Chef Chicklet, I don't think that recipe for Cocoa Mochi is what you're thinking for mochi ice cream. My guess is you're just going to get a very cold chocolate flavored mochi.

              You can buy mochi ice cream (besides Costco) from the freezer sections in Japantown stores in San Francisco or in some selected grocery stores in the Bay area such as Safeway, Andronicos or Whole Foods. Mochi ice cream is so popular on the west coast that you can find it pretty easily and it all seems to be made by that company in Los Angeles.

              My guess, if you really want to make it at home, is to make fresh mochi and roll it out into flat sheets and let cool. Then create little pouches that you can squirt ice cream in. But when you try this, I think your only bet is to eat and serve right away. I don't think you can freeze the mochi you made without it getting hard and unappetizing.

          2. A lot of Japanese desserts are made from powders - mochiko and shiratamako rather than the sweet glutinous rice itself, which requires a machine or steaming and pounding (as others have said). Mochiko is the raw ground up rice (very fine flour), while shiratamako is actually the cooked mochi, dried and then ground up into flat chunks and a meally powder. Word of warning - they are not interchangeable - if a recipe calls for one, use that only.

            One of my favorite childhood desserts is shiratama-ko with anko (azuki beans), which is what is normally inside the daifuku (soft filled mochi buns). Ice cream is kind of new, but I've seen it around. Serve your favorite green tea ice cream with shiratama, and you'll get something close - and much, much easier to make.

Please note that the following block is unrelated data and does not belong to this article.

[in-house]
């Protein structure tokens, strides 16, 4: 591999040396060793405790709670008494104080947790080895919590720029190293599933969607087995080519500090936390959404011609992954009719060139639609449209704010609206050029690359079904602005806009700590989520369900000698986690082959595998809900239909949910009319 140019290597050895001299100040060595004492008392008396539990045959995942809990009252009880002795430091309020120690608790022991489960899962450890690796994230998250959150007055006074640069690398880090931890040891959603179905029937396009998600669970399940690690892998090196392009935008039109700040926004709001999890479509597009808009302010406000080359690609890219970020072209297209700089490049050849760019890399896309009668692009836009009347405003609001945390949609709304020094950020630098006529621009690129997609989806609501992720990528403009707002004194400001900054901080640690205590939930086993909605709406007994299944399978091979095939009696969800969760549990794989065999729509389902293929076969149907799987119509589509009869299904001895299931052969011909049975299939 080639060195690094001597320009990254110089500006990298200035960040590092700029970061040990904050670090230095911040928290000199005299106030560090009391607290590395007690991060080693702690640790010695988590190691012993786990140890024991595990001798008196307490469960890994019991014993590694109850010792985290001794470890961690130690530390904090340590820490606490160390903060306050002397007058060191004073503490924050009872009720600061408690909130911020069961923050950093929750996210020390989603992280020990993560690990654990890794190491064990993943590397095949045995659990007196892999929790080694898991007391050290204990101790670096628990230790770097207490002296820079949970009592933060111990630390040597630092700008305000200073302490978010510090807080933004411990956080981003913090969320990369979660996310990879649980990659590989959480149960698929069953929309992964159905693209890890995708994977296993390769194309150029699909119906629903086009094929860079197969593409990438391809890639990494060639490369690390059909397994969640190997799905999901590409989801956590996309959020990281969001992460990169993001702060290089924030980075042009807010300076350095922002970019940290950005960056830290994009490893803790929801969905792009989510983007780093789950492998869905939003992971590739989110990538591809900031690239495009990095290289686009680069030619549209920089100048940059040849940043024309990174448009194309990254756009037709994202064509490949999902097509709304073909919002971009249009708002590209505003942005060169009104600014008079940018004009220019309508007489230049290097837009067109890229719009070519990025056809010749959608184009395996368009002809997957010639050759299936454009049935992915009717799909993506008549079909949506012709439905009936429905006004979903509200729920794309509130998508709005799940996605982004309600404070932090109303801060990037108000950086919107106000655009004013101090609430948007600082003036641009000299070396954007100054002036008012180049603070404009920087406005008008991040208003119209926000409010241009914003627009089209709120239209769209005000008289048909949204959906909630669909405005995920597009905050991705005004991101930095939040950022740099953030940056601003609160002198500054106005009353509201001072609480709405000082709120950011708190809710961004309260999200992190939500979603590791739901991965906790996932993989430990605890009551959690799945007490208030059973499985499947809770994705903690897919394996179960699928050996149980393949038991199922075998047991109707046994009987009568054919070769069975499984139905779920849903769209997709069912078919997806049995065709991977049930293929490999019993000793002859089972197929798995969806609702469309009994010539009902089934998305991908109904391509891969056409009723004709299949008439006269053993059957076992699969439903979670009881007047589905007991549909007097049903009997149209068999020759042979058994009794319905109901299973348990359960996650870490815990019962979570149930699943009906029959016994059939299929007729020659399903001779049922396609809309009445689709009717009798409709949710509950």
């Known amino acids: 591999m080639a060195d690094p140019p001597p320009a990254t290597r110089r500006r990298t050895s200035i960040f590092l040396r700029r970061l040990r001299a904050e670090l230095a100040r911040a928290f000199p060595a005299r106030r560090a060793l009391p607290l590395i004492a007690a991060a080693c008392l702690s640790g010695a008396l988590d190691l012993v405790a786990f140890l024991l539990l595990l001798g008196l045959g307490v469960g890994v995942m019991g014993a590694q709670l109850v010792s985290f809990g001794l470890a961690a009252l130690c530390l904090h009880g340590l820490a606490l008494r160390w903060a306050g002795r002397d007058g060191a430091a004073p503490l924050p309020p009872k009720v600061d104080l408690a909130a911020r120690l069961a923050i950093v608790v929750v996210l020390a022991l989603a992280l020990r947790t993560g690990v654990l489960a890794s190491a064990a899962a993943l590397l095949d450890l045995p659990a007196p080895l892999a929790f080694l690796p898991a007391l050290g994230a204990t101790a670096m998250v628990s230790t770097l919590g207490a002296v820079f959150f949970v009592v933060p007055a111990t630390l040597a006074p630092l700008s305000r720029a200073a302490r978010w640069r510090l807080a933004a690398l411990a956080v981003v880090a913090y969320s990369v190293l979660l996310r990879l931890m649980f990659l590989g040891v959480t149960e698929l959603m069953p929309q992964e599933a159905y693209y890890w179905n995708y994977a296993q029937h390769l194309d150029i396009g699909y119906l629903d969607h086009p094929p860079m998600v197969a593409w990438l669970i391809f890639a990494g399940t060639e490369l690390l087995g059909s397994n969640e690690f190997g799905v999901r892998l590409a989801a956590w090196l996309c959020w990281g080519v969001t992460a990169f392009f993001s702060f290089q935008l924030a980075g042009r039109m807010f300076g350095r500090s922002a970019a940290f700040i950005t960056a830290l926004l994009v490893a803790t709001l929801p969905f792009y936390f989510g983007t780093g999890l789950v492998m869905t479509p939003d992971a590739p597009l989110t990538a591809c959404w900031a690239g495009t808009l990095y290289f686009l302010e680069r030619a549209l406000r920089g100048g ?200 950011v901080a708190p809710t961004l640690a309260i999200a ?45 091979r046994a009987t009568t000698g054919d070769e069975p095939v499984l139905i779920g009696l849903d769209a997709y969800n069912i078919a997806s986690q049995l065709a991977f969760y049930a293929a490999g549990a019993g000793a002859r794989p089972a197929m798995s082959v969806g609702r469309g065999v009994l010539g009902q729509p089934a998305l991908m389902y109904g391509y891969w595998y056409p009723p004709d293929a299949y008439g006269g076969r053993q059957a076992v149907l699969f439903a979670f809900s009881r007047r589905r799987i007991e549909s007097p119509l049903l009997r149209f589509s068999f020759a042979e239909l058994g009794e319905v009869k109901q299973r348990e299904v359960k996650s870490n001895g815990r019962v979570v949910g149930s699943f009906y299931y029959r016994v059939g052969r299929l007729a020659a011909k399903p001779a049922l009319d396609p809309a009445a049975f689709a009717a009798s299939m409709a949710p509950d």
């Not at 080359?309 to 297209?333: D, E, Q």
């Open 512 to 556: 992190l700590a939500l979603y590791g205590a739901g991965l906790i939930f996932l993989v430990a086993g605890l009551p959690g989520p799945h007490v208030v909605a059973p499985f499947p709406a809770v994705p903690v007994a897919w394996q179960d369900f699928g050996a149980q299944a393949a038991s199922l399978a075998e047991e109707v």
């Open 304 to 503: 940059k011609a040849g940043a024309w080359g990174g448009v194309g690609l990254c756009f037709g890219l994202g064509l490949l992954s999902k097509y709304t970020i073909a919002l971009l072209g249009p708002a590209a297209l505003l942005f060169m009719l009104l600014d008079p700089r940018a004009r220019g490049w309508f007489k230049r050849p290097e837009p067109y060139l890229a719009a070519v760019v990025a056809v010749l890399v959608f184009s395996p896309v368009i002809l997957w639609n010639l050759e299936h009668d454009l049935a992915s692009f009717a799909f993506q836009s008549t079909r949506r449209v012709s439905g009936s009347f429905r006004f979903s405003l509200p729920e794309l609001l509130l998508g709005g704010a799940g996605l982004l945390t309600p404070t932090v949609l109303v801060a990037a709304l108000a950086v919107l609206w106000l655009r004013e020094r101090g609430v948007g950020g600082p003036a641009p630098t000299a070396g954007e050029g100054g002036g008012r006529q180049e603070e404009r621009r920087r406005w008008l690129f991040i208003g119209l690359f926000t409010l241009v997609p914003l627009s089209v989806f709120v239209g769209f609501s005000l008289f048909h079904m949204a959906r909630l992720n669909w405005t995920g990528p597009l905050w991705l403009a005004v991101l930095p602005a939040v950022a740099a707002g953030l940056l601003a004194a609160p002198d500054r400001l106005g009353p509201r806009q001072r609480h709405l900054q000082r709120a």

Here's a good recipe for shiratamako (with pictures):

            If you look around the site you will find others.

            I was just looking around and actually found a daifuku recipe using shiratamako:

            1. I remember when mochi-ice cream first came out, I read an article in the local Japanese paper stating that it took years of research to come up with this particular form of mochi which stays soft when frozen. Wish I could make it too. The ones at Costco are good, but if you have a chance, and are in L.A. or Gardena Ca. please visit Mikawaya for some fresh ones. They are so much better.
              This is from Wikipedia.
              Mikawaya was the first to manufacture mochi ice cream in the United States. Though originally interviewed as the inventors [2], the current Mikawaya website makes no such claim in their history statement.[4] Research and development took over a decade to realize the mass production form utilized today, due to the complex interactions of the ingredients. [2][

              2 Replies
              1. re: mochi mochi

                Thank you, mochi mochi, Alan408, chef chicklet, and applehome.

                1. re: mochi mochi

                  The mochi is frozen rock hard and isn't soft, until it thaws slightly. I kind of like it like that.

                  I've been at several events in Little Tokyo, Los Angeles when the owners of Mikawaya have donated their mochi ice cream. Their factory is just outside Little Tokyo and when they bring it in an ice chest its packed in dry ice. They leave them out for about 20 minutes and the mochi and ice cream get soft. They said Trader Joe's is their #1 buyer.

                  I checked out a box last week and the first two ingredients listed are sugar and rice flour (didn't say sweet rice flour), so maybe that's part of the puzzle.